Did you know that Google Chrome stores saved passwords in plain text on your local computer?
Open Chrome and type this in the address bar:
Google corrals all your passwords in one place but none are encrypted. In fact, viewing the saved passwords is as easy as clicking the Show button next to the password dots.
This actually isn’t new news, but Elliott Kember, Software Developer and Director at Riot, brought it up on his blog yesterday.
Now your first response might be:
“Hey Vonnie, you’re overreacting. If someone already has physical access to your system then your computer is ready to be compromised.” Or perhaps you’re thinking, “What’s the big deal? Just use free password management software like LastPass and be done with it”.
Although these points are valid, I think they miss the core issue here: Google isn’t as transparent as it should be when it comes to password management.
Most people know nothing about password management. If you sat down at your co-worker’s computer, opened Chrome, went to his Password Settings and clicked Show, I doubt he’s going to say, “Oh well, I guess I’ll just use LastPass”.
My point is that people don’t expect it to be this easy to view their passwords! And given that most people use the same password to access multiple web resources, comprising saved passwords could be worse than deleterious because suddenly almost all the victims digital assets are instantly at risk.
Chrome isn’t transparent about Password Security
When Google Chrome prompts you to save your password it doesn’t tell you that it’s accessible to anyone who visits your password settings.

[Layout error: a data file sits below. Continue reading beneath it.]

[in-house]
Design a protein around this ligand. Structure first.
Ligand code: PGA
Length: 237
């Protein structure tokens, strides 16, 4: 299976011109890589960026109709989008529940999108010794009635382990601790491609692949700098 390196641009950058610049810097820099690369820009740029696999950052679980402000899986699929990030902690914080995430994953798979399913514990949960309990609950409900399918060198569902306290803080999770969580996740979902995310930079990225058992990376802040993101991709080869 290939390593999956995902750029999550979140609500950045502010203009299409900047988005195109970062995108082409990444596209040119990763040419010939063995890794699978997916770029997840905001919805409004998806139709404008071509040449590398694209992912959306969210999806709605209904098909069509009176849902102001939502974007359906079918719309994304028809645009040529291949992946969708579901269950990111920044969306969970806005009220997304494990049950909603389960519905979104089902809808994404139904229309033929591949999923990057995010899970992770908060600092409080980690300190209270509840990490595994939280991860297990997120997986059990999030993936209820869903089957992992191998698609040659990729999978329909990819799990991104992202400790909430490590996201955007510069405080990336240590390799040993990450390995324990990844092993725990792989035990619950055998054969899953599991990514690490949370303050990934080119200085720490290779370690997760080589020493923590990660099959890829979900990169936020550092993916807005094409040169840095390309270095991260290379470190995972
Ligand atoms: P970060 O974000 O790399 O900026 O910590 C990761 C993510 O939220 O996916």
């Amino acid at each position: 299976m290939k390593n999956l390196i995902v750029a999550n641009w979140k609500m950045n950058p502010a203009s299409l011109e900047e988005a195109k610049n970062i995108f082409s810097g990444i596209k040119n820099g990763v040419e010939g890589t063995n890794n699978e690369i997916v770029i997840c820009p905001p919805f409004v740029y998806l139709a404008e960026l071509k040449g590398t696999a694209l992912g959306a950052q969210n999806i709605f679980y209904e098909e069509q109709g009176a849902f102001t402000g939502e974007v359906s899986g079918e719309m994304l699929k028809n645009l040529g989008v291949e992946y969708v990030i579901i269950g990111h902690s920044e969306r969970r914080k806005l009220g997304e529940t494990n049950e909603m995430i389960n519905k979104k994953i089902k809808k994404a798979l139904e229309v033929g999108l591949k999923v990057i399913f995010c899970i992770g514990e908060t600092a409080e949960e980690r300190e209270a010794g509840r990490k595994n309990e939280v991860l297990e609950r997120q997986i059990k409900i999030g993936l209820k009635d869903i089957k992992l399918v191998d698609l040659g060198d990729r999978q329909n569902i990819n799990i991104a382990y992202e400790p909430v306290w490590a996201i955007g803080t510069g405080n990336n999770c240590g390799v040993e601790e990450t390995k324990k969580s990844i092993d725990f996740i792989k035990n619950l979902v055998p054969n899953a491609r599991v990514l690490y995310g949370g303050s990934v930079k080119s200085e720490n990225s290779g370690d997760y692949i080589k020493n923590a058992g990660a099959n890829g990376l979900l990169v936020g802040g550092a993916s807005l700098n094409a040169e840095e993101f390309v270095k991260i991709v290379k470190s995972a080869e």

Justin Schuh, head of Security for Chrome offered this defense on Hackernews yesterday.
The only strong permission boundary for your password storage is the OS user account. So, Chrome uses whatever encrypted storage the system provides to keep your passwords safe for a locked account. Beyond that, however, we’ve found that boundaries within the OS user account just aren’t reliable, and are mostly just theater.
You can read the rest of his response on Hackernews but I think the central thrust of his argument is flawed because it puts too much responsibility on the OS. It’s like saying there’s no need to lock the safe in your bedroom as long as the front door of your house is bolted shut. In other words, what’s the point of locking the safe because once the thief is on the inside he has carte blanche access to all your valuables.
But, don’t you think having a combination lock on the safe might cause a less determined thief to look for something else? For something easier to steal first?
In my metaphor the front door is the password protected login screen of the OS and the Safe is Google Chrome. Chrome is an open safe – and there’s nothing safe about that.
Any security methodology will always have holes but different vulnerabilities require different levels of technical aptitude to succeed. If someone gains access to your physical machine they can wreak havoc on the system by stealing session cookies and installing malware on it but that requires specialized knowledge. The problem is that today, with this Google flaw, almost any eight year old kid can sit at her big bothers computer, pop open Chrome and steal his Facebook passwords.
The point of security is not to make data theft impossible but rather to make it as hard as possible to break so less determined hackers search for easier prey.
Neither Justin nor Google seems to understand this basic point, and quite frankly it’s a bit irritating.
All I’m advocating is that Google implement another layer of security that makes it a little harder to view clear text passwords. Maybe a simple sign-in requirement for the Passwords Setting page would suffice? I’m just really annoyed that such a large company like Google doesn’t seem interested in protecting it’s customers interests like it should.
What do you guys think about all this? Am I overreacting? Let me know in the comments below…